The opinion of the court was delivered by: Wayne R. Andersen District Judge
MEMORANDUM OPINION AND ORDER
This matter is before the court on defendant Nicholas Blase's motion to dismiss the government's superseding indictment pursuant to Federal Rules of Criminal Procedure 7 and 12 or, alternatively, to strike Illinois state law related allegations contained within that indictment. For the following reasons, defendant's motion to dismiss is denied. The court refrains from ruling on defendant's arguments regarding references to Illinois state laws at this time.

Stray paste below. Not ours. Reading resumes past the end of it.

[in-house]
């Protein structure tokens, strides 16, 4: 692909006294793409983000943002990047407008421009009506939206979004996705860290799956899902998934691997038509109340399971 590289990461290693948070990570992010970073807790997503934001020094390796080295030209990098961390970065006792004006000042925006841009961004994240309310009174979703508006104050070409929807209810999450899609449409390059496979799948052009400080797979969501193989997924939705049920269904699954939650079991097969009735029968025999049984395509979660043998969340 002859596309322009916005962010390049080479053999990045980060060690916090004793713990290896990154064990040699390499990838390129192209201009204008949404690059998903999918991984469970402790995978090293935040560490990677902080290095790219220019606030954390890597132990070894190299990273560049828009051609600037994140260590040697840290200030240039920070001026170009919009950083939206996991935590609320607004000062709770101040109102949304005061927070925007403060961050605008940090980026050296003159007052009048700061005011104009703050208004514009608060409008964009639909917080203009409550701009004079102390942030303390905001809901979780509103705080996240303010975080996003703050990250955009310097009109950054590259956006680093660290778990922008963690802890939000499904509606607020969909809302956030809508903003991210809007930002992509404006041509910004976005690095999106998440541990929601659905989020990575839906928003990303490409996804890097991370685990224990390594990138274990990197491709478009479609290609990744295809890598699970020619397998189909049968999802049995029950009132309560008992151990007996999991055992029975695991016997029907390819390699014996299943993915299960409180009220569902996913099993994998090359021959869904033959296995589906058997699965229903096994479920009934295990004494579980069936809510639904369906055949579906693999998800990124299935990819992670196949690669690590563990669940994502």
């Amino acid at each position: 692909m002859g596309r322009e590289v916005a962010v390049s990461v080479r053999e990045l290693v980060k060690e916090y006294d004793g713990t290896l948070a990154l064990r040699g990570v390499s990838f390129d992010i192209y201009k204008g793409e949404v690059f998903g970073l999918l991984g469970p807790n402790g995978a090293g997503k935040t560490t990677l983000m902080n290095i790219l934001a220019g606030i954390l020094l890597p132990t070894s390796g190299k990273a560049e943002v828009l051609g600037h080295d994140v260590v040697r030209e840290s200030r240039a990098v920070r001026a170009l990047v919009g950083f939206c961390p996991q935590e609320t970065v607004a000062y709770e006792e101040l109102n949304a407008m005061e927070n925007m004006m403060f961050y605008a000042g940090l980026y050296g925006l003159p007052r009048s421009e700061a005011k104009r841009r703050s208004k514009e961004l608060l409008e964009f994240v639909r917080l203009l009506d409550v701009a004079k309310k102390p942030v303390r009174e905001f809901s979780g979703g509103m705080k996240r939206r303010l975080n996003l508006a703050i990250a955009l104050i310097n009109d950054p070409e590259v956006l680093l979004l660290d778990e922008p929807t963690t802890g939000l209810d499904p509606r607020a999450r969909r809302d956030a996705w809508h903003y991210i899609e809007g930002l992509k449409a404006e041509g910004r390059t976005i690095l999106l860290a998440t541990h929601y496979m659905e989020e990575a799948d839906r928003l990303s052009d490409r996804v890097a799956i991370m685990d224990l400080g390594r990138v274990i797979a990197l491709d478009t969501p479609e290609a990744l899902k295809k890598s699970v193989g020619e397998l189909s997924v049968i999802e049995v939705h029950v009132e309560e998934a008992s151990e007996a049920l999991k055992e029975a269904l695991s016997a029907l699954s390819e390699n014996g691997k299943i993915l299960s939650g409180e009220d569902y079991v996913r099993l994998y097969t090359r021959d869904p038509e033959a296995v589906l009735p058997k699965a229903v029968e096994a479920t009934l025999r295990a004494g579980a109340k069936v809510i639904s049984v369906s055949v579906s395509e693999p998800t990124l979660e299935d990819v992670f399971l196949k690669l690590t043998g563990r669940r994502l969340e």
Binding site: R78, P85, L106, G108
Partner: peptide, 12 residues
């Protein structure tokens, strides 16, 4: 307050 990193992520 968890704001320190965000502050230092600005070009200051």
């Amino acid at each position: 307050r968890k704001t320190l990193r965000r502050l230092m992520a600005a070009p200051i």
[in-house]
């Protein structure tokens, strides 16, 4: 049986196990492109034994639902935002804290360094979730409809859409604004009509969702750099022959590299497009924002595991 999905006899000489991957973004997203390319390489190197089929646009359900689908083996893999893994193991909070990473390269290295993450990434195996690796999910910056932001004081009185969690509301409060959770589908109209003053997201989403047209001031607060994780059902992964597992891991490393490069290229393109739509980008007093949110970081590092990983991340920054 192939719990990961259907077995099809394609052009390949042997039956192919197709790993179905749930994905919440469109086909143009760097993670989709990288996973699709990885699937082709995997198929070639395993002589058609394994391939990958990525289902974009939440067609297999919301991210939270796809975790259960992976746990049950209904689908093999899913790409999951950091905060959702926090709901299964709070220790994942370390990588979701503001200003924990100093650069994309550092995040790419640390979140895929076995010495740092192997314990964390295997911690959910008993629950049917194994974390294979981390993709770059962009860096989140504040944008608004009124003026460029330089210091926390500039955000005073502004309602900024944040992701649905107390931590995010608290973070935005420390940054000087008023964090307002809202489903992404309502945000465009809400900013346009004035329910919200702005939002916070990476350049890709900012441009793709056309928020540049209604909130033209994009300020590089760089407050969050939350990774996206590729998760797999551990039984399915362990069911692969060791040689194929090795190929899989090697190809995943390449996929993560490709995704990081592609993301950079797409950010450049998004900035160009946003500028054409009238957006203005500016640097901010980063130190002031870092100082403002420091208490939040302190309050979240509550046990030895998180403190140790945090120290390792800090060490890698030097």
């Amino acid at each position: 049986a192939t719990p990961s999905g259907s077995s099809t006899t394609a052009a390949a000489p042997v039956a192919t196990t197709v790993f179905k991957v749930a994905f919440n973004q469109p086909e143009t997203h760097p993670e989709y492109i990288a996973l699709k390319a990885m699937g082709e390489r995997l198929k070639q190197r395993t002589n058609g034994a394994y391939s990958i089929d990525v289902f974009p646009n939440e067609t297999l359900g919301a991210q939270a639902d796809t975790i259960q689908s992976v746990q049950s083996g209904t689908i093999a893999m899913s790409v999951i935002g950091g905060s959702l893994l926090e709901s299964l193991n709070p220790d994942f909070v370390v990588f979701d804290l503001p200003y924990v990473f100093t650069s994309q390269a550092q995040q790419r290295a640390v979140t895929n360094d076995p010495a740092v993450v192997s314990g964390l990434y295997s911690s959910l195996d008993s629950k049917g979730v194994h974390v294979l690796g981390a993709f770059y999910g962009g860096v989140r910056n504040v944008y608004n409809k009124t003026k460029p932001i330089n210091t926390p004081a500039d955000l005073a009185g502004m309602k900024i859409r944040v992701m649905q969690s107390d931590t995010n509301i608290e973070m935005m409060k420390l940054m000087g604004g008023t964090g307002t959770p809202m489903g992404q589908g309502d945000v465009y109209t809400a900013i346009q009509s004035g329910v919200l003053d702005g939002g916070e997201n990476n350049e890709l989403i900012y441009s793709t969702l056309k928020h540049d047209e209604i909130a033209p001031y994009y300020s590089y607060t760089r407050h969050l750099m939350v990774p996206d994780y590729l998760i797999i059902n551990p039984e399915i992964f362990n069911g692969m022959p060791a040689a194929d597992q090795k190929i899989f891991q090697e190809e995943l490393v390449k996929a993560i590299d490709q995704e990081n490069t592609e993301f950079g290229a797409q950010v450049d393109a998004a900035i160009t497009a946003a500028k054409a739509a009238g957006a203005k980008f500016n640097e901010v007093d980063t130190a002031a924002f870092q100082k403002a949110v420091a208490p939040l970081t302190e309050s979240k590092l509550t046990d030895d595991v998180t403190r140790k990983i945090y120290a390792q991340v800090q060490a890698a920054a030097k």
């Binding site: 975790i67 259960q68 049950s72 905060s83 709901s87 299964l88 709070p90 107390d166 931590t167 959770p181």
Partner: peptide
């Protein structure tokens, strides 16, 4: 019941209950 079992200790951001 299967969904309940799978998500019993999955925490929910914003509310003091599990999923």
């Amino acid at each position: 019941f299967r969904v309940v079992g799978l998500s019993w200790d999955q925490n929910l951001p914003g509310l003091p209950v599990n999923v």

In December, 2005, the Grand Jury returned an eleven-count superseding indictment (the "indictment") against defendant Nicholas Blase ("Blase") alleging that Blase misused his official government position for private gain in violation of the federal mail fraud statute and that Blase filed false federal income tax returns for the years 2000 through 2005. Specifically, the indictment alleges that from around 1974 to June 2006 Blase used his position as the Mayor of the Village of Niles, Illinois in a variety of ways to assist Ralph Weiner and Associates ("RWA"), an insurance broker once located in Niles and later relocated to Wheeling, Illinois, to obtain and keep Niles businesses as customers. In return, RWA allegedly took a percentage of the monies it received from these Niles businesses and paid that percentage as a kickback to Blase through S.M.P. Insurance Service, Inc. ("SMP"), which the indictment alleges was a sham corporation created and maintained for Blase's benefit. The indictment alleges that throughout this scheme, Blase failed to disclose his receipt of these payments to the public and, in fact, took numerous steps to conceal the true nature of his kickback arrangement with RWA. Counts one through five of the indictment charge Blase with violating the federal mail fraud statute, 18 U.S.C. §§ 1341, 1346, 2, by depriving the citizens of Niles of Blase's honest services as Mayor. Counts six through eleven charge Blase with willfully and knowingly filing false federal tax returns for the years 2000 to 2005 in violation of 26 U.S.C. § 7206(1) by failing to report as "Other Income" the payments that Blase allegedly received from RWA. Blase has moved to dismiss the indictment in its entirety.